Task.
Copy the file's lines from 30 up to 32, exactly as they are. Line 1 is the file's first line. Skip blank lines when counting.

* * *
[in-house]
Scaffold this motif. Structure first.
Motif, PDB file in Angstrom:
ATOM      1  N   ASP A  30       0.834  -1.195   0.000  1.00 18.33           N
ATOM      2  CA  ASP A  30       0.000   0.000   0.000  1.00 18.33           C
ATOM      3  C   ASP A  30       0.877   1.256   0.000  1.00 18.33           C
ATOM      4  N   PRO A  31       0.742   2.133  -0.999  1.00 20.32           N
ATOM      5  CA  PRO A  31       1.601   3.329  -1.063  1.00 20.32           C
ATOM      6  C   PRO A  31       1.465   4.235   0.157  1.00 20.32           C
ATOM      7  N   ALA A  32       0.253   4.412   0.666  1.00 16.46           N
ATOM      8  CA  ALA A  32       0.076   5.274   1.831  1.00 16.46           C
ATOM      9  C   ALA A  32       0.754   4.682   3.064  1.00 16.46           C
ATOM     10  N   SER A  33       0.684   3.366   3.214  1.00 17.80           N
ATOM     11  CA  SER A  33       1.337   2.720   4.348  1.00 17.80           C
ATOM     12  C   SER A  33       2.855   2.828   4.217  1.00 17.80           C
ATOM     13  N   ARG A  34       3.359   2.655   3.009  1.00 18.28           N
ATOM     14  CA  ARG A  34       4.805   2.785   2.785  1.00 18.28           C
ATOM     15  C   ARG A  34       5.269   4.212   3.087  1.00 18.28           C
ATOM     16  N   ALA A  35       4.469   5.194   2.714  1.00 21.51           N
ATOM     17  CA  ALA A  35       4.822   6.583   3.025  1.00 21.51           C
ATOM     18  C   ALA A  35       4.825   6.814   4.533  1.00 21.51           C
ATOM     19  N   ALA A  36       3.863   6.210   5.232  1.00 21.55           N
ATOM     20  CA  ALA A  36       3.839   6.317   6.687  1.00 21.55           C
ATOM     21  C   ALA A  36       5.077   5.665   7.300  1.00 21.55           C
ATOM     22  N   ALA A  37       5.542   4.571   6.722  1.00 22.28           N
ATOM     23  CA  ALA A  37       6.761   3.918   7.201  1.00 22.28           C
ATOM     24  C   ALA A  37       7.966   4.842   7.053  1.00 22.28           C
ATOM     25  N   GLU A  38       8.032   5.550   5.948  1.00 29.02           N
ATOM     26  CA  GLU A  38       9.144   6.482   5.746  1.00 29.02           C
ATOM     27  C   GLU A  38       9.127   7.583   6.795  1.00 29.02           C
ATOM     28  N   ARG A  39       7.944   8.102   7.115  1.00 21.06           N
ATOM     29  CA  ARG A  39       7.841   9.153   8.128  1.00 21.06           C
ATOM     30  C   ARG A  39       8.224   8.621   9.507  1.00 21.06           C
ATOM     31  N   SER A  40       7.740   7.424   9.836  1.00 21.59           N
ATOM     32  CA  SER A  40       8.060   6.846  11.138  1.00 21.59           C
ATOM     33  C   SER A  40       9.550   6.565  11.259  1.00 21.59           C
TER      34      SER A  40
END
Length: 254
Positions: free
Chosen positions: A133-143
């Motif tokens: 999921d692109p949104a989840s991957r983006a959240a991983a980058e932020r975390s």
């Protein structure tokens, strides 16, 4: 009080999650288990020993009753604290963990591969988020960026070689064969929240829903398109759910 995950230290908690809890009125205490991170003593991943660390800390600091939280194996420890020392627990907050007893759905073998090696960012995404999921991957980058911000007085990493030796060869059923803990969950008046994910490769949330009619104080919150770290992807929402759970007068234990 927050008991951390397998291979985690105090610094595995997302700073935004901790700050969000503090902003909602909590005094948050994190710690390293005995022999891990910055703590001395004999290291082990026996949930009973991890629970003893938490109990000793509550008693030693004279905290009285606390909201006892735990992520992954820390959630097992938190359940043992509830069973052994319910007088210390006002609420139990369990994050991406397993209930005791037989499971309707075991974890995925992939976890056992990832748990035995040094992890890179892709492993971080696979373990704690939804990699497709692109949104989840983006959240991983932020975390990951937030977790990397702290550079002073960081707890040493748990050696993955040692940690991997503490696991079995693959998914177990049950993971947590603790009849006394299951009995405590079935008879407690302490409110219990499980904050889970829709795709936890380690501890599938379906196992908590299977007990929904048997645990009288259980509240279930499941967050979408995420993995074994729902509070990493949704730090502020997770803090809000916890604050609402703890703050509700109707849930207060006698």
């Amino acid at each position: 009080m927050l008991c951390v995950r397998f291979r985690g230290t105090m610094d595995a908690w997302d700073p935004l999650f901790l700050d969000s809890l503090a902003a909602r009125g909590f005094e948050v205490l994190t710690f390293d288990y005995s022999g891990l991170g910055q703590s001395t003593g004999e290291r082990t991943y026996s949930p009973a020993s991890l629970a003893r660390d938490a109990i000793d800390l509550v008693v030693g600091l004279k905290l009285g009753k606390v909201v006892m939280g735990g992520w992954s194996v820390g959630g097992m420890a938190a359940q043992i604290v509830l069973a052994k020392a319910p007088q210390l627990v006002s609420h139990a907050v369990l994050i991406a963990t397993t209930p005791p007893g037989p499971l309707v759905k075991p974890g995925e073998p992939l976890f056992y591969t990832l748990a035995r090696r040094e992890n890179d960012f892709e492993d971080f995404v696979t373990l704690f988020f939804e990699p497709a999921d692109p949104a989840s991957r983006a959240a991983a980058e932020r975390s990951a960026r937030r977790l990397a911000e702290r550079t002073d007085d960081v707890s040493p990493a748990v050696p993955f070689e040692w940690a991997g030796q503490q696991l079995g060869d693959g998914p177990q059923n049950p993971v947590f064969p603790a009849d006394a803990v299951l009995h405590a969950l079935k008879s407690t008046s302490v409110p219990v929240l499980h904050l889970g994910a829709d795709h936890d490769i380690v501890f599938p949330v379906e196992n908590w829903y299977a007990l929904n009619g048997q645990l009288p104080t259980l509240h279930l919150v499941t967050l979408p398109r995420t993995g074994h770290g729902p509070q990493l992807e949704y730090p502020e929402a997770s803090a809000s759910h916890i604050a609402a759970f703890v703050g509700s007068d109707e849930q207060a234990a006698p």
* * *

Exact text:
ATOM     27  C   GLU A  38       9.127   7.583   6.795  1.00 29.02           C
ATOM     28  N   ARG A  39       7.944   8.102   7.115  1.00 21.06           N
ATOM     29  CA  ARG A  39       7.841   9.153   8.128  1.00 21.06           C